Whether it is called conflict resolution or ADR (Alternative Dispute Resolution), mediation has become the new “darling” of the media. Story after story heard over the airwaves, seen on the television screen, or read in newspapers and magazines cite the advantages of mediation. Mediation is: inexpensive, fast, private, creative…. And, the praise gets even more intense as mediation is viewed as a movement to end the explosion in litigation so denounced by all sectors of society, from the press to the president.
Mediation is not new as a process or as a concept. For generations people have informally and formally used neutral third parties to help resolve disputes. Today, however, mediation has been legitimized as a more formal process and a more structured proceeding. It is well suited to handling disagreements, ranging from international struggles and strikes on the one hand to the private difficulties of families on the other. It is within the family setting that parent-child and divorce conflicts figure most prominently in the ADR field.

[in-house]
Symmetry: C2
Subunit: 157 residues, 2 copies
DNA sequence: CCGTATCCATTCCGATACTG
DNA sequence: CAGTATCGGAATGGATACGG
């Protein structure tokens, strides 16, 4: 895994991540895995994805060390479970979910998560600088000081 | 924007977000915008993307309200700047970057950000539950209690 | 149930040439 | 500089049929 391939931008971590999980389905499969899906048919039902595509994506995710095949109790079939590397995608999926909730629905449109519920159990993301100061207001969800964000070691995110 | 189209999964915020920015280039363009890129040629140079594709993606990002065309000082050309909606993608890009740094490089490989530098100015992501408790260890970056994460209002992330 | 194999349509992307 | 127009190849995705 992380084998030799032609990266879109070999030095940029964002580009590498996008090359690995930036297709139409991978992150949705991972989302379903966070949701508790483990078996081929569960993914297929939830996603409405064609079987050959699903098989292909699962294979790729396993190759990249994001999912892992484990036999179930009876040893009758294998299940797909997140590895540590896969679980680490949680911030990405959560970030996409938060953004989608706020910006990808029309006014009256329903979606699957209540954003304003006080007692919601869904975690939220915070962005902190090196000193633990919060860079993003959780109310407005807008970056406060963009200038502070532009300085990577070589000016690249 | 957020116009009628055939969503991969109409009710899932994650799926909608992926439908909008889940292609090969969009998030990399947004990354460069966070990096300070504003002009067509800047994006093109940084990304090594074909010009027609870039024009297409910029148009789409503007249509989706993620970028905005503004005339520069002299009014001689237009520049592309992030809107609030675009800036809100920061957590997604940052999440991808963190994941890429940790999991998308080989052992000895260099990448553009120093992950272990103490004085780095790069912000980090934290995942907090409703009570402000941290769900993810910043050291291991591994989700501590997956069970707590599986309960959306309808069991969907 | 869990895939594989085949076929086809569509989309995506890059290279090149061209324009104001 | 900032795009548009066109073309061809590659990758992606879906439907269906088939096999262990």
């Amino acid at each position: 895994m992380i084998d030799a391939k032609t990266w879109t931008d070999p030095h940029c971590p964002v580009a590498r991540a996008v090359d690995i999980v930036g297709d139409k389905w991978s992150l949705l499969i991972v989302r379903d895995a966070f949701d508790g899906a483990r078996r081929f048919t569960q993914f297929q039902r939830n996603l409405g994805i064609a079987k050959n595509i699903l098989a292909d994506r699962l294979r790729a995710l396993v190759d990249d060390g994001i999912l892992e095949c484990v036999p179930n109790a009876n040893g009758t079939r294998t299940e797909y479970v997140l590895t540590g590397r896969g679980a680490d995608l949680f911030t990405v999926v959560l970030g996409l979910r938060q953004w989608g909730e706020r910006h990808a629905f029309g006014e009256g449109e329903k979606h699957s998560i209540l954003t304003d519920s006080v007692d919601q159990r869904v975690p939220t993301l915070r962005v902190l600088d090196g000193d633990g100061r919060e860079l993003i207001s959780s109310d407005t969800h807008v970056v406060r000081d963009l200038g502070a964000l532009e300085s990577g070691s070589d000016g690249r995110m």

Thus we come full circle to our particular interest, namely divorce mediation. The public has begun to realize that mediation of divorces is a reasonable, reasoned, and even humane approach to settling the many issues that arise when marriages dissolve. The logic is inescapable; follow, if you will:
Enter two people, called husband and wife.
Add, perhaps one or two children.
Add a house in the suburbs filled with furniture, furnishings, and possessions.
Add a bit more – a pension, some stocks, etc. etc. etc.
All of the above are the trappings of a marriage, the picture of a family. Divorce causes a restructuring, a reordering of this unit. Clearly this is not an easy task. Information must be gathered; decisions must be made. But, and the but is important, these two people — the husband and the wife — know each other perhaps better than anyone else. An intimate relationship unravels but years of living together builds a stockpile of information. These tidbits of a life together contain understandings of each other’s fears and concerns, of each other’s weaknesses and strengths.